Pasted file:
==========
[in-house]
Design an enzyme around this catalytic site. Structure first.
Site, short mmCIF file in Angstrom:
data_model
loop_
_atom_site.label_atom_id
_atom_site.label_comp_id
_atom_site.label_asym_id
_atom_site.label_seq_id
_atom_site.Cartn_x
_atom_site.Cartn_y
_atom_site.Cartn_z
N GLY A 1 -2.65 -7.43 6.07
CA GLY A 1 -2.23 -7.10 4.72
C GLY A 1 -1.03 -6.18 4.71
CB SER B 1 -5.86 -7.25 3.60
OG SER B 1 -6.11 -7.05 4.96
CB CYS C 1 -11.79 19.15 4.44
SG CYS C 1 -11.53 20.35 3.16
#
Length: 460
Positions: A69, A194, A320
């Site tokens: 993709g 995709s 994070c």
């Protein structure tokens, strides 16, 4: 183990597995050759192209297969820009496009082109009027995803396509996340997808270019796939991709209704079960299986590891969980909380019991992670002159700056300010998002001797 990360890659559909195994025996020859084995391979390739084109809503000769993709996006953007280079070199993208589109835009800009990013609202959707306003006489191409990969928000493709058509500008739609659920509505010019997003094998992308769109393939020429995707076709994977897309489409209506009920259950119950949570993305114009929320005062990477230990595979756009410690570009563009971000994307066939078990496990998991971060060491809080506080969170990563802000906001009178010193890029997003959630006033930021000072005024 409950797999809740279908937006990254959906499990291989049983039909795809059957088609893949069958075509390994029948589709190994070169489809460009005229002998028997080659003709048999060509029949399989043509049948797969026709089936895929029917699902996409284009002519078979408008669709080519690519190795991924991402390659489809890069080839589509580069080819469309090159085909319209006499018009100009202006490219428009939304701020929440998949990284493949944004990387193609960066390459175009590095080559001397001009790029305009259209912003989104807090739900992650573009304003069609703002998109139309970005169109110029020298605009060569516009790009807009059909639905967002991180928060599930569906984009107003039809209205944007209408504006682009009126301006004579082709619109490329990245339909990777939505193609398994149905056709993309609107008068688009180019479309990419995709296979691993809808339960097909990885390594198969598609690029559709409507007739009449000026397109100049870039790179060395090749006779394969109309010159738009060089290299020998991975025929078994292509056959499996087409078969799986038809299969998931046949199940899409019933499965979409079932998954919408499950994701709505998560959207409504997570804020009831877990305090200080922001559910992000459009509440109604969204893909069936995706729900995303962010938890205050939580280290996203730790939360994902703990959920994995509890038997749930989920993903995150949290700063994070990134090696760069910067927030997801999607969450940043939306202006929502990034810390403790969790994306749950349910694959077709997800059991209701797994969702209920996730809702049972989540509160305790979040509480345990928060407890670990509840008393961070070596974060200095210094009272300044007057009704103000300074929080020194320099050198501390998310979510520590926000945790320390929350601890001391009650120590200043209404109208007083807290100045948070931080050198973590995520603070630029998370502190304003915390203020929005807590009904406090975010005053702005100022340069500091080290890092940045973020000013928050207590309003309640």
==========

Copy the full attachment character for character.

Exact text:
[in-house]
Design an enzyme around this catalytic site. Structure first.
Site, short mmCIF file in Angstrom:
data_model
loop_
_atom_site.label_atom_id
_atom_site.label_comp_id
_atom_site.label_asym_id
_atom_site.label_seq_id
_atom_site.Cartn_x
_atom_site.Cartn_y
_atom_site.Cartn_z
N GLY A 1 -2.65 -7.43 6.07
CA GLY A 1 -2.23 -7.10 4.72
C GLY A 1 -1.03 -6.18 4.71
CB SER B 1 -5.86 -7.25 3.60
OG SER B 1 -6.11 -7.05 4.96
CB CYS C 1 -11.79 19.15 4.44
SG CYS C 1 -11.53 20.35 3.16
#
Length: 460
Positions: A69, A194, A320
């Site tokens: 993709g 995709s 994070c």
């Protein structure tokens, strides 16, 4: 183990597995050759192209297969820009496009082109009027995803396509996340997808270019796939991709209704079960299986590891969980909380019991992670002159700056300010998002001797 990360890659559909195994025996020859084995391979390739084109809503000769993709996006953007280079070199993208589109835009800009990013609202959707306003006489191409990969928000493709058509500008739609659920509505010019997003094998992308769109393939020429995707076709994977897309489409209506009920259950119950949570993305114009929320005062990477230990595979756009410690570009563009971000994307066939078990496990998991971060060491809080506080969170990563802000906001009178010193890029997003959630006033930021000072005024 409950797999809740279908937006990254959906499990291989049983039909795809059957088609893949069958075509390994029948589709190994070169489809460009005229002998028997080659003709048999060509029949399989043509049948797969026709089936895929029917699902996409284009002519078979408008669709080519690519190795991924991402390659489809890069080839589509580069080819469309090159085909319209006499018009100009202006490219428009939304701020929440998949990284493949944004990387193609960066390459175009590095080559001397001009790029305009259209912003989104807090739900992650573009304003069609703002998109139309970005169109110029020298605009060569516009790009807009059909639905967002991180928060599930569906984009107003039809209205944007209408504006682009009126301006004579082709619109490329990245339909990777939505193609398994149905056709993309609107008068688009180019479309990419995709296979691993809808339960097909990885390594198969598609690029559709409507007739009449000026397109100049870039790179060395090749006779394969109309010159738009060089290299020998991975025929078994292509056959499996087409078969799986038809299969998931046949199940899409019933499965979409079932998954919408499950994701709505998560959207409504997570804020009831877990305090200080922001559910992000459009509440109604969204893909069936995706729900995303962010938890205050939580280290996203730790939360994902703990959920994995509890038997749930989920993903995150949290700063994070990134090696760069910067927030997801999607969450940043939306202006929502990034810390403790969790994306749950349910694959077709997800059991209701797994969702209920996730809702049972989540509160305790979040509480345990928060407890670990509840008393961070070596974060200095210094009272300044007057009704103000300074929080020194320099050198501390998310979510520590926000945790320390929350601890001391009650120590200043209404109208007083807290100045948070931080050198973590995520603070630029998370502190304003915390203020929005807590009904406090975010005053702005100022340069500091080290890092940045973020000013928050207590309003309640």